1 2 3 4 5 6 7 UNITED STATES DISTRICT COURT 8 FOR THE EASTERN DISTRICT OF CALIFORNIA 9 10 CARLOS HENDON, 11 Plaintiff, 12 13 No. 2:10-cv-2864-KJM-EFB P v. FINDINGS AND RECOMMENDATIONS RIGG, et al., 14 Defendants. 15 Plaintiff is a state prisoner proceeding without counsel in an action brought under 42 16 17 U.S.C. § 1983. The sole remaining defendant, Rigg, has filed a motion for summary judgment. 18 ECF No. 55. As discussed below, it is recommended that the motion be granted. 19 20 I. The Complaint This action proceeds on plaintiff’s Third Amended Complaint, filed April 12, 2012. ECF 21 No. 17. Plaintiff alleges that defendant Rigg, a nurse practitioner at California State Prison, 22 Sacramento (“CSP-Sac”), subjected him to cruel and unusual punishment in violation of the 23 Eighth Amendment to the U.S. Constitution when she failed to immediately refer him for 24 specialized care after he experienced a popping sound and subsequent hearing loss in his left ear. 25 Id. at 2-3. Plaintiff’s allegations are simple: 26 27 On January 19, 2009 Plaintiff heard a popping sound in his left ear while he was exercising, and he lost the ability to hear with that ear. He promptly requested to see a prison doctor, but was not taken to the prison medical clinic. 28 1 1 The following day he suffered nausea, vomiting, and dizziness. Plaintiff again requested medical care. 2 On January 26, 2009 Plaintiff was examined by the prison nurse practitioner, Nurse Rigg, who documented the sudden hearing loss, but did not refer Plaintiff to an ear, nose, and throat specialist. 3 4 5 Three weeks later, on February 20, 2009 Nurse Rigg saw Plaintiff once more and finally referred Plaintiff to an ENT specialist who saw Plaintiff on June 1, 2009. Thereafter, Nurse Rigg did not see Plaintiff again. 6 7 Plaintiff was subsequently diagnosed with a permanent loss of the ability to hear with his left ear. 8 9 Prison policy required prisoners to be sent to an emergency room following hearing loss and be seen by an ENT specialist within 72 hours. 10 From January 19, 2009 to March 28, 2012, the hearing loss continued for Plaintiff. During this time Plaintiff suffered nausea, vomiting, and dizziness. 11 12 Plaintiff suffered permanent loss of hearing in his left ear, and he suffers vertigo and nausea. He has experienced a decline in hearing over the past years; he is at an increased risk of hearing damage in his good ear. 13 14 15 Id. 16 II. 17 Analysis a. Summary Judgment Standards 18 Summary judgment is appropriate when there is “no genuine dispute as to any material 19 fact and the movant is entitled to judgment as a matter of law.” Fed. R. Civ. P. 56(a). Summary 20 judgment avoids unnecessary trials in cases in which the parties do not dispute the facts relevant 21 to the determination of the issues in the case, or in which there is insufficient evidence for a jury 22 to determine those facts in favor of the nonmovant. Crawford-El v. Britton, 523 U.S. 574, 600 23 (1998); Anderson v. Liberty Lobby, Inc., 477 U.S. 242, 247-50 (1986); Nw. Motorcycle Ass'n v. 24 U.S. Dep’t of Agric., 18 F.3d 1468, 1471-72 (9th Cir. 1994). At bottom, a summary judgment 25 motion asks whether the evidence presents a sufficient disagreement to require submission to a 26 jury. 27 ///// 28 2 1 The principal purpose of Rule 56 is to isolate and dispose of factually unsupported claims 2 or defenses. Celotex Cop. v. Catrett, 477 U.S. 317, 323-24 (1986). Thus, the rule functions to 3 “‘pierce the pleadings and to assess the proof in order to see whether there is a genuine need for 4 trial.’” Matsushita Elec. Indus. Co., Ltd. v. Zenith Radio Corp., 475 U.S. 574, 587 (1986) 5 (quoting Fed. R. Civ. P. 56(e) advisory committee’s note on 1963 amendments). Procedurally, 6 under summary judgment practice, the moving party bears the initial responsibility of presenting 7 the basis for its motion and identifying those portions of the record, together with affidavits, if 8 any, that it believes demonstrate the absence of a genuine issue of material fact. Celotex, 477 9 U.S. at 323; Devereaux v. Abbey, 263 F.3d 1070, 1076 (9th Cir. 2001) (en banc). If the moving 10 party meets its burden with a properly supported motion, the burden then shifts to the opposing 11 party to present specific facts that show there is a genuine issue for trial. Fed. R. Civ. P. 56(e); 12 Anderson, 477 U.S. at 248; Auvil v. CBS “60 Minutes”, 67 F.3d 816, 819 (9th Cir. 1995). 13 A clear focus on where the burden of proof lies as to the factual issue in question is crucial 14 to summary judgment procedures. Depending on which party bears that burden, the party seeking 15 summary judgment does not necessarily need to submit any evidence of its own. When the 16 opposing party would have the burden of proof on a dispositive issue at trial, the moving party 17 need not produce evidence which negates the opponent’s claim. See, e.g., Lujan v. National 18 Wildlife Fed’n, 497 U.S. 871, 885 (1990). Rather, the moving party need only point to matters 19 which demonstrate the absence of a genuine material factual issue. See Celotex, 477 U.S. at 323- 20 24 (“[W]here the nonmoving party will bear the burden of proof at trial on a dispositive issue, a 21 summary judgment motion may properly be made in reliance solely on the ‘pleadings, 22 depositions, answers to interrogatories, and admissions on file.’”). Indeed, summary judgment 23 should be entered, after adequate time for discovery and upon motion, against a party who fails to 24 make a showing sufficient to establish the existence of an element essential to that party's case, 25 and on which that party will bear the burden of proof at trial. See id. at 322. I n such a 26 circumstance, summary judgment must be granted, “so long as whatever is before the district 27 court demonstrates that the standard for entry of summary judgment, as set forth in Rule 56(c), is 28 satisfied.” Id. at 323. 3 1 To defeat summary judgment the opposing party must establish a genuine dispute as to a 2 material issue of fact. This entails two requirements. First, the dispute must be over a fact(s) that 3 is material, i.e., one that makes a difference in the outcome of the case. Anderson, 477 U.S. at 4 248 (“Only disputes over facts that might affect the outcome of the suit under the governing law 5 will properly preclude the entry of summary judgment.’). Whether a factual dispute is material is 6 determined by the substantive law applicable for the claim in question. Id. If the opposing party 7 is unable to produce evidence sufficient to establish a required element of its claim that party fails 8 in opposing summary judgment. “[A] complete failure of proof concerning an essential element 9 of the nonmoving party’s case necessarily renders all other facts immaterial.” Celotex, 477 U.S. 10 11 at 322. Second, the dispute must be genuine. In determining whether a factual dispute is genuine 12 the court must again focus on which party bears the burden of proof on the factual issue in 13 question. Where the party opposing summary judgment would bear the burden of proof at trial on 14 the factual issue in dispute, that party must produce evidence sufficient to support its factual 15 claim. Conclusory allegations, unsupported by evidence are insufficient to defeat the motion. 16 Taylor v. List, 880 F.2d 1040, 1045 (9th Cir.1989). Rather, the opposing party must, by affidavit 17 or as otherwise provided by Rule 56, designate specific facts that show there is a genuine issue 18 for trial. Anderson, 477 U.S. at 249; Devereaux, 263 F.3d at 1076. More significantly, to 19 demonstrate a genuine factual dispute the evidence relied on by the opposing party must be such 20 that a fair-minded jury “could return a verdict for [him] on the evidence presented.” Anderson, 21 477 U.S. at 248, 252. Absent any such evidence there simply is no reason for trial. 22 The court does not determine witness credibility. It believes the opposing party’s 23 evidence, and draws inferences most favorably for the opposing party. See id. at 249, 255; 24 Matsushita, 475 U.S. at 587. Inferences, however, are not drawn out of “thin air,” and the 25 proponent must adduce evidence of a factual predicate from which to draw inferences. American 26 Int'l Group, Inc. v. American Int'l Bank, 926 F.2d 829, 836 (9th Cir. 1991) (Kozinski, J., 27 dissenting) (citing Celotex, 477 U.S. at 322). If reasonable minds could differ on material facts at 28 issue, summary judgment is inappropriate. See Warren v. City of Carlsbad, 58 F.3d 439, 441 (9th 4 1 Cir. 1995). On the other hand, the opposing party “must do more than simply show that there is 2 some metaphysical doubt as to the material facts . . . . Where the record taken as a whole could 3 not lead a rational trier of fact to find for the nonmoving party, there is no ‘genuine issue for 4 trial.’” Matsushita, 475 U.S. at 587 (citation omitted). In that case, the court must grant 5 summary judgment. 6 Concurrent with the instant motion, defendant advised plaintiff of the requirements for 7 opposing a motion pursuant to Rule 56 of the Federal Rules of Civil Procedure. See Woods v. 8 Carey, 684 F.3d 934 (9th Cir. 2012); Rand v. Rowland, 154 F.3d 952, 957 (9th Cir. 1998) (en 9 banc), cert. denied, 527 U.S. 1035 (1999); Klingele v. Eikenberry, 849 F.2d 409 (9th Cir. 1988). 10 11 b. Law Governing Eighth Amendment Medical Care Claims Plaintiff claims that defendant was deliberately indifferent to his ear injury in violation of 12 the Eighth Amendment. The Eighth Amendment protects prisoners from inhumane methods of 13 punishment and from inhumane conditions of confinement. Morgan v. Morgensen, 465 F.3d 14 1041, 1045 (9th Cir. 2006). Extreme deprivations are required to make out a conditions-of- 15 confinement claim, and only those deprivations denying the minimal civilized measure of life’s 16 necessities are sufficiently grave to form the basis of an Eighth Amendment violation. Hudson v. 17 McMillian, 503 U.S. 1, 9, 112 S. Ct. 995, 117 L. Ed. 2d 156 (1992). “Prison officials have a duty 18 to ensure that prisoners are provided adequate shelter, food, clothing, sanitation, medical care, 19 and personal safety. The circumstances, nature, and duration of a deprivation of these necessities 20 must be considered in determining whether a constitutional violation has occurred. The more 21 basic the need, the shorter the time it can be withheld.” Johnson v. Lewis, 217 F.3d 726, 731-732 22 (9th Cir. 2000) (quotations and citations omitted). 23 To succeed on an Eighth Amendment claim predicated on the denial of medical care, a 24 plaintiff must establish that: (1) he had a serious medical need and (2) the defendant’s response to 25 that need was deliberately indifferent. Jett v. Penner, 439 F.3d 1091, 1096 (9th Cir. 2006); see 26 also Estelle v. Gamble, 429 U.S. 97, 106 (1976). A serious medical need exists if the failure to 27 treat the condition could result in further significant injury or the unnecessary and wanton 28 infliction of pain. Jett, 439 F.3d at 1096. A deliberately indifferent response may be shown by 5 1 the denial, delay or intentional interference with medical treatment or by the way in which 2 medical care was provided. Hutchinson v. United States, 838 F.2d 390, 394 (9th Cir. 1988). To 3 act with deliberate indifference, a prison official must both be aware of facts from which the 4 inference could be drawn that a substantial risk of serious harm exists, and he must also draw the 5 inference. Farmer v. Brennan, 511 U.S. 825, 837 (1994). 6 Thus, a defendant will be liable for violating the Eighth Amendment if he knows that 7 plaintiff faces “a substantial risk of serious harm and disregards that risk by failing to take 8 reasonable measures to abate it.” Id. at 847. “[I]t is enough that the official acted or failed to act 9 despite his knowledge of a substantial risk of serious harm.” Id. at 842. 10 A plaintiff does not have to establish that the defendant care provider totally failed to treat 11 him to show an Eighth Amendment violation, but must show wrongdoing amounting to more 12 than medical negligence. Farmer, 511 U.S. at 835 (“[D]eliberate indifference describes a state of 13 mind more blameworthy than negligence.”); Ortiz v. City of Imperial, 884 F.2d 1312, 1314 (9th 14 Cir. 1989). In addition, mere differences of opinion concerning the appropriate treatment cannot 15 be the basis of an Eighth Amendment violation. Jackson v. McIntosh, 90 F.3d 330, 332 (9th Cir. 16 1996); Franklin v. Oregon, 662 F.2d 1337, 1344 (9th Cir. 1981). On the other hand, a failure to 17 provide access to medical staff that is competent to render care may constitute deliberate 18 indifference in a particular case. Ortiz, 884 F.2d at 1314 (“[A]ccess to medical staff is 19 meaningless unless that staff is competent and can render competent care.”). 20 c. Plaintiff Has Failed to Proffer Evidence Showing a Triable Issue of Fact on 21 22 Defendant’s Alleged Deliberate Indifference The competing facts put forward by the parties paint the following picture (disputed facts 23 will be noted): Plaintiff is a mentally ill inmate diagnosed with bipolar and schizoaffective 24 disorders. ECF No. 55-3, Def.’s Undisputed Facts (hereinafter “DUF”) at 1; ECF No. 67, 25 Plaintiff’s Response to DUF (hereinafter “PDF”) at 28.1 He does not have any medical training, 26 27 28 1 A month prior to filing his opposition, plaintiff asked the court for an order compelling the prison law librarian to provide him physical access to the law library to prepare his opposition to the motion. ECF Nos. 65, 66. Plaintiff’s opposition, which was filed over a month prior to its due date, contains no contention that he was unable to access the library sufficiently to prepare 6 1 education, or work experience. DUF at 2; PDF at 28. During the events underlying this action, 2 defendant Rigg was a Family Nurse Practitioner at CSP-Sac. DUF at 2.2 She has over forty years 3 of experience as a nurse practitioner and is familiar with the standard of care for treating ear 4 conditions, including loss of hearing. DUF at 2.3 5 On January 19, 2009, plaintiff heard a popping sound in his left ear while exercising, 6 without any attendant pain. DUF at 2, PUF at 29. Plaintiff alleges that, from this time on, he 7 experienced a gradual loss of hearing over time (rather than a sudden and complete loss of 8 hearing). DUF at 3; PDF at 29. Plaintiff reported the popping sound to an unnamed nursing 9 assistant that day and to an unnamed registered nurse the following day and requested medical 10 attention, but was not immediately taken to the prison’s medical clinic. DUF at 3; PDF at 29. 11 On January 28, 2009, plaintiff was admitted to the Clinical Treatment Center (“CTC”) for 12 mental health management. DUF at 3; PDF at 29. Defendant completed a “History and Physical 13 Examination” form documenting her evaluation of plaintiff on his admission to the CTC. DUF at 14 3; PDF at 29. She noted that plaintiff reported experiencing a popping sound in his ear and 15 decreased hearing while exercising one week earlier. DUF at 3; PDF at 29. Defendant noted that 16 plaintiff’s eardrum was dull in color, that there was some congestion in both ears, and that 17 plaintiff’s nose was slightly inflamed. DUF at 3.4 Defendant diagnosed plaintiff with left ear 18 congestion, ordered labs and blood work, and noted that plaintiff should take Claritin and/or nasal 19 spray. DUF at 3; PDF at 29. She did not refer plaintiff to an ear, nose, and throat (“ENT”) 20 specialist. DUF at 3; PDF at 29. 21 ///// 22 23 the brief. Accordingly, plaintiff’s requests for an order compelling officials to provide him with library access to prepare his opposition brief are denied as moot. 24 2 Plaintiff disputes this fact, but offers no reason why the court should reject it. PDF at 28. 25 3 Plaintiff disputes this fact, but offers no reason why the court should reject it. PDF at 28. 26 4 27 28 Plaintiff disputes these facts, but offers no reason why the court should reject them. PDF at 29. Defendant has provided an authenticated copy of the “History and Physical Examination” document containing her notes, which are consistent with the facts recited above. ECF No. 55-7 at 7. 7 1 Defendant declares that it was her professional medical opinion, based on her years of 2 training, education, and experience and her examination of plaintiff, that he did not require 3 emergency treatment or an ENT referral that day. DUF at 3. Dr. Bruce Barnett, Chief Medical 4 Officer for the California Prison Health Care Services division of the California Department of 5 Corrections and Rehabilitation (“CDCR”) and defendant’s proffered expert, declares that there 6 are many reasons why plaintiff may have perceived hearing loss that do not require emergency 7 treatment, including allergic rhinitis and serous otitis, for which defendant and others were 8 treating plaintiff. ECF No. 55-5 at 7. Plaintiff disputes these opinions, but he provides no 9 competing medical evidence, other than his own lay opinion, that immediate specialized attention 10 to his left ear (beyond that provided by defendant) was medically necessary. ECF No. 67 at 30, 11 34-35. 12 Plaintiff alleges that there is a policy in California prisons that requires that inmates be 13 sent to an emergency room following hearing loss and be seen by an ENT specialist within 72 14 hours. ECF No. 17 at 3. Defendant declares that there is no such policy. ECF No. 55-4 at 3. Dr. 15 Barnett also declares that no such policy exists. ECF No. 55-5 at 7. In his opposition brief, 16 plaintiff clarifies that the policy is not a written policy, but rather an “informal custom practiced 17 by nurse practitioners throughout California state prisons.” ECF No. 67 at 37. Plaintiff simply 18 states, “[N]o matter what the Defendant says I know that such a procedure does exists [sic]” 19 because an unnamed nurse practitioner at California Medical Facility, Vacaville, told him of it. 20 Id. at 37, 59, 60. Plaintiff has not provided an affidavit from this nurse practitioner or other 21 evidence of the informal policy. 22 On January 29, 2009, defendant completed a Physician’s Order noting that plaintiff should 23 be seen by a doctor at the next available appointment for ear pain. DUF at 4.5 On February 9, 24 2009, plaintiff submitted a request for health care services reporting “problems w/ ear” and was 25 referred to a Registered Nurse, but he refused to be examined by the nurse two days later. DUF at 26 27 28 5 Plaintiff disputes this fact, but provides no reason for the court to reject it. PDF at 30. Defendant has provided an authenticated copy of the Physician’s Order, which, to the best of the court’s ability to read defendant’s penmanship, reads, “F/U MD [undiscernible, possibly “line”] next avail for [undiscernible, possibly “left”] ear pain.” ECF No. 55-7 at 8. 8 1 4.6 On February 13, 2009, plaintiff was admitted to the CTC’s Mental Health Observation Unit. 2 DUF at 4; ECF No. 55-7 at 28. Defendant examined him there on February 19, 2009. DUF at 4; 3 PDF at 30. Plaintiff complained of poor hearing in his left ear and reported that his hearing had 4 decreased after he heard a popping sound in his ear while exercising. DUF at 4; PDF at 30. On 5 examination, defendant found no infection, fluid, or perforation. DUF at 4; PDF at 30. She 6 completed a request for health care services form to have plaintiff seen by an audiologist for a 7 hearing test. DUF at 5; PDF at 31. She declares that she requested the audiologist exam “based 8 on my review of [plaintiff’s] medical records, my examination of him, and his claim that he had 9 experienced continued hearing loss since he first heard a popping sound in his ear while 10 exercising.” ECF No. 55-4 at 3. This was defendant’s last interaction with plaintiff. 11 On February 26, 2009, plaintiff submitted another health care services request form 12 complaining of “problems w/ ear.” DUF at 5; ECF No. 55-7 at 38. The authenticated documents 13 submitted by defendant show that plaintiff again refused the responsive referral to the registered 14 nurse. ECF No. 55-7 at 38, 39.7 The initial hearing test by the audiologist, performed on April 15 20, 2009, was unreliable and another test was ordered. DUF at 5; PDF at 31. The second test, on 16 June 1, 2009, showed no response in the left ear. DUF at 5; PDF at 31; ECF No. 55-7 at 62, 63. 17 The audiologist’s note reads, “Refer to ENT for sudden onset hearing loss.” ECF No. 55-7 at 62. 18 The records provided by the parties provide only a partial picture of what happened next. 19 From a “Chronic Care Follow-Up Visit” note dated October 5, 2009, it appears that plaintiff 20 received an ENT consultation at U.C. Davis at some point prior to that date. ECF No. 55-7 at 75. 21 Another chart note dated July 13, 2009 reads, “Please obtain ENT consult report,” indicating that 22 the consultation probably occurred before that date. Id. at 70. The October note reads, 23 “Reviewed consult note from UCD, ENT. Reports his hearing loss represents a voluntary hearing 24 loss.” Id. at 75. The parties have provided no document from the UCD ENT or explanation of 25 6 26 27 28 While plaintiff does not remember refusing the examination, defendant has submitted an authenticated document completed by the nurse memorializing plaintiff’s refusal to be seen. Compare PDF at 30 with ECF No. 55-7 at 25-26. 7 Plaintiff states that he does not remember refusing treatment. PDF at 31. 9 1 what “voluntary hearing loss” means. On August 30, 2013, a health care provider filled out a 2 request that plaintiff be seen by an audiologist. Id. at 125. The form lists plaintiff’s diagnosis as 3 “hearing loss – left.” Id. It goes on to describe the reason for the request: “40 y/o AA male with 4 report of complete hearing loss right ear 2009 cause [indiscernible, possible “unclear”]. Currently 5 reporting decreased hearing on left ear. Please evaluate.” Id. Plaintiff received the audiologist 6 consultation on November 4, 2013. Id. The audiologist documented his or her findings as: “I/P 7 states ‘hearing is fine. Had infection in left ear but is ok now.’” Id. As plaintiff points out, this 8 document is inconsistent with itself regarding which ear had complete loss of hearing and which 9 had decreased hearing. ECF No. 67 at 36. While the simplest explanation is that the initial 10 requesting provider simply accidentally switched left and right when providing the reason for the 11 request, it remains unclear whether plaintiff’s right or left ear was actually evaluated for 12 decreased hearing by the audiologist. Plaintiff himself sheds no light on the matter. 13 Dr. Barnett declares, after a review of plaintiff’s medical records, that there is no 14 indication in those records that plaintiff has ever been given a diagnosis of loss of hearing in his 15 left ear. ECF No. 55-5 at 7. Dr. Barnett notes that plaintiff’s ear appeared normal at many 16 physical examinations. Id.; see also ECF No. 55-7 at 69, 122. It is Dr. Barnett’s professional 17 opinion that 18 19 20 21 22 23 24 25 the medical care FNP Rigg provided to Hendon regarding his reported hearing loss in January and February 2009 was careful, considerate, appropriate, and well within the standard of care for medical professionals in the community. FNP Rigg carefully evaluated Hendon at the January 28, 2009 exam, reasonably diagnosed congestion in the ear due to allergies, and prescribed appropriate medications. When Hendon complained of hearing loss on February 19, 2009, FNP Rigg referred him for hearing tests, despite having found no abnormalities during her physical examination. Multiple physicians who examined and treated Hendon following FNP Rigg’s care confirmed her diagnosis and continued the same treatments. Id. at 7-8. Defendant argues that the undisputed facts show that she was not deliberately indifferent 26 to plaintiff’s complaints about his ear. The court agrees. The evidence before the court shows 27 that defendant responded to plaintiff’s complaint on January 28, 2009 by examining his ear and 28 diagnosing him with allergic congestion, for which she prescribed treatment. Plaintiff has offered 10 1 no competent evidence that this determination fell below the standard of care, much less that it 2 was so incompetent as to amount to deliberate indifference. Plaintiff has not proffered any 3 credible evidence of an institutional policy that would have required defendant to immediately 4 refer him to an ENT specialist or send him to an emergency room. Rather, plaintiff simply 5 informs defendant and the court that another nurse, whose name he cannot remember, at another 6 institution once told him of the policy. Apart from being hearsay, this evidence is too tenuous for 7 a jury to determine this fact in plaintiff’s favor, particularly when weighed against defendant’s 8 and Dr. Barnett’s clear declarations that there is no such policy. Nor has plaintiff offered any 9 competent medical testimony to compete with the testimony of defendant and Dr. Barnett and 10 thereby raise a triable issue of fact as to whether defendant’s failure to refer him immediately to 11 an ENT specialist or emergency room was deliberately indifferent. In short, plaintiff has not 12 provided the court with evidence supporting his claim that, in treating plaintiff as she did on 13 January 28, 2009, defendant was aware that plaintiff faced the risk of hearing loss but nonetheless 14 ignored that risk. 15 Defendant also argues that the undisputed facts show that plaintiff cannot prove that she 16 caused him injury, because plaintiff in fact suffered no hearing loss. She also argues that she 17 should be granted qualified immunity. In light of the determination that plaintiff has failed to 18 provide evidence sufficient to demonstrate a triable issue of fact regarding whether defendant was 19 deliberately indifferent to his ear trouble, these arguments need not be addressed. 20 21 III. Conclusion and Recommendation For the foregoing reasons, it is hereby recommended that the June 12, 2014 motion for 22 summary judgment filed by defendant Rigg (ECF No. 55) be granted and the Clerk be directed to 23 close the case. 24 These findings and recommendations are submitted to the United States District Judge 25 assigned to the case, pursuant to the provisions of 28 U.S.C. § 636(b)(l). Within fourteen days 26 after being served with these findings and recommendations, any party may file written 27 objections with the court and serve a copy on all parties. Such a document should be captioned 28 “Objections to Magistrate Judge’s Findings and Recommendations.” Failure to file objections 11 1 within the specified time may waive the right to appeal the District Court’s order. Turner v. 2 Duncan, 158 F.3d 449, 455 (9th Cir. 1998); Martinez v. Ylst, 951 F.2d 1153 (9th Cir. 1991). 3 DATED: February 17, 2015. 4 5 6 7 8 9 10 11 12 13 14 15 16 17 18 19 20 21 22 23 24 25 26 27 28 12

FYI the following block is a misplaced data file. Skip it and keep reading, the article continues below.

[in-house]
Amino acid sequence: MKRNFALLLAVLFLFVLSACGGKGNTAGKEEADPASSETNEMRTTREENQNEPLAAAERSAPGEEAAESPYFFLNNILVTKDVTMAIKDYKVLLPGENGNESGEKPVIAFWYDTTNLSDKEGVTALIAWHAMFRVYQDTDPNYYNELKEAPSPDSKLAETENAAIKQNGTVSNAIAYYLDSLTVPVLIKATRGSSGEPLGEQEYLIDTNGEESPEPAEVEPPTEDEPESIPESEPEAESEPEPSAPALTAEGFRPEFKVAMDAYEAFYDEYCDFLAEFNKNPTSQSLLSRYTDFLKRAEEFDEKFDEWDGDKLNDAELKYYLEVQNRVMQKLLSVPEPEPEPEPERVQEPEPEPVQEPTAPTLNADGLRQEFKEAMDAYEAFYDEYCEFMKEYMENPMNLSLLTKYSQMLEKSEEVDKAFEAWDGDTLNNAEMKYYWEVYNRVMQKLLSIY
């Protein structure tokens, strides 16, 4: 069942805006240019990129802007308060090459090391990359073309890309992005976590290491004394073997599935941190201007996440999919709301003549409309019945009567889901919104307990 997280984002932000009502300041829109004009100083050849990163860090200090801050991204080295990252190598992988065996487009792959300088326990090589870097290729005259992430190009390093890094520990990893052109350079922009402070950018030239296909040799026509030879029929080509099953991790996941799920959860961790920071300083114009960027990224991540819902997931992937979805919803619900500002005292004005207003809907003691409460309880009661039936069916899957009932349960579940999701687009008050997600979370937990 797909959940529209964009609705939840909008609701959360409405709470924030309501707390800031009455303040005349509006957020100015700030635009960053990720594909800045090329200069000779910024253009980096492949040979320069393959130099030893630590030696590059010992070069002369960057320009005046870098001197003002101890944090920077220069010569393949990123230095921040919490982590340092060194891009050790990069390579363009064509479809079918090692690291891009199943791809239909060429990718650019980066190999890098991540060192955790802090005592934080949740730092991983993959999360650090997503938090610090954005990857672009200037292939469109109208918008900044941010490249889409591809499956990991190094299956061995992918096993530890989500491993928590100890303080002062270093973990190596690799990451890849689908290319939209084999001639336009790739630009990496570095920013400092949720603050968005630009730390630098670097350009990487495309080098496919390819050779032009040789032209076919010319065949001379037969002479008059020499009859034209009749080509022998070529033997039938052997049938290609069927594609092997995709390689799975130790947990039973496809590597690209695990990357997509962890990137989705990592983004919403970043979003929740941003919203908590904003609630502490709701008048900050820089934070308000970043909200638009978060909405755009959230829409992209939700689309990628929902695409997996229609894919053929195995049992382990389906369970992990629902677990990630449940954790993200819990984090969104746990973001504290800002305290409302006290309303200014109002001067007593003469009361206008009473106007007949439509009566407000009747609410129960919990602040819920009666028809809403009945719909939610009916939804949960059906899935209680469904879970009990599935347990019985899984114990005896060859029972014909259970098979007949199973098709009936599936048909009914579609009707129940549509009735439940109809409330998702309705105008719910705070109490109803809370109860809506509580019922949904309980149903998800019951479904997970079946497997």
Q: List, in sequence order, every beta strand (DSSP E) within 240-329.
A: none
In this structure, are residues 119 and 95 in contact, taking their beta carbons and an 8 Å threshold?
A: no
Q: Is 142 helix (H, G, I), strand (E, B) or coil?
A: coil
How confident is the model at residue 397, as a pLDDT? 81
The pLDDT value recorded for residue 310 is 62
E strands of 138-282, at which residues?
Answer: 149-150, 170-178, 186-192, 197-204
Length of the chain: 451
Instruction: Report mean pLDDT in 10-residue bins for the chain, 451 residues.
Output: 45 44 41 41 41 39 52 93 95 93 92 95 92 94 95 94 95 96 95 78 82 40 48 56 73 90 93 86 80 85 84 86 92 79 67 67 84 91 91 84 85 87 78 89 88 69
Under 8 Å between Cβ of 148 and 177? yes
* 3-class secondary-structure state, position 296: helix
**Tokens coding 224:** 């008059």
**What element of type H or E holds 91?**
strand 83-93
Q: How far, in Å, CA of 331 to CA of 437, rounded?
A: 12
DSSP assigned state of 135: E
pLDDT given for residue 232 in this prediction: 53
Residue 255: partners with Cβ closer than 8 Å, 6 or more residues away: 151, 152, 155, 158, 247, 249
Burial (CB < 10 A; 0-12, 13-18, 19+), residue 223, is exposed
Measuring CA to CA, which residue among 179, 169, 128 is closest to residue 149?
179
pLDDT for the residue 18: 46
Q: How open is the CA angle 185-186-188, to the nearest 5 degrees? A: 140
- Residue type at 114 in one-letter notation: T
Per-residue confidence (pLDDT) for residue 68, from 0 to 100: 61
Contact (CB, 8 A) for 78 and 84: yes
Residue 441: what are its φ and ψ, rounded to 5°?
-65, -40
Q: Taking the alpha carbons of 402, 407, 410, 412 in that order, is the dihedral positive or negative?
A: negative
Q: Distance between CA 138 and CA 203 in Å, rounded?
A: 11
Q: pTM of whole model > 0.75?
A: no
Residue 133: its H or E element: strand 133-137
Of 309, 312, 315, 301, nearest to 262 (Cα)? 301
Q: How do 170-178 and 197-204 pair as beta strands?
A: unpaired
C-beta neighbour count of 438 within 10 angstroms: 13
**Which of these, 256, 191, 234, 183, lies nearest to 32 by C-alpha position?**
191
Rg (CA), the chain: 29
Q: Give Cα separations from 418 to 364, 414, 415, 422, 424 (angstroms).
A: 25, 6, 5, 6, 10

Disclaimer: Justia Dockets & Filings provides public litigation records from the federal appellate and district courts. These filings and docket sheets should not be considered findings of fact or liability, nor do they necessarily reflect the view of Justia.

Why Is My Information Online?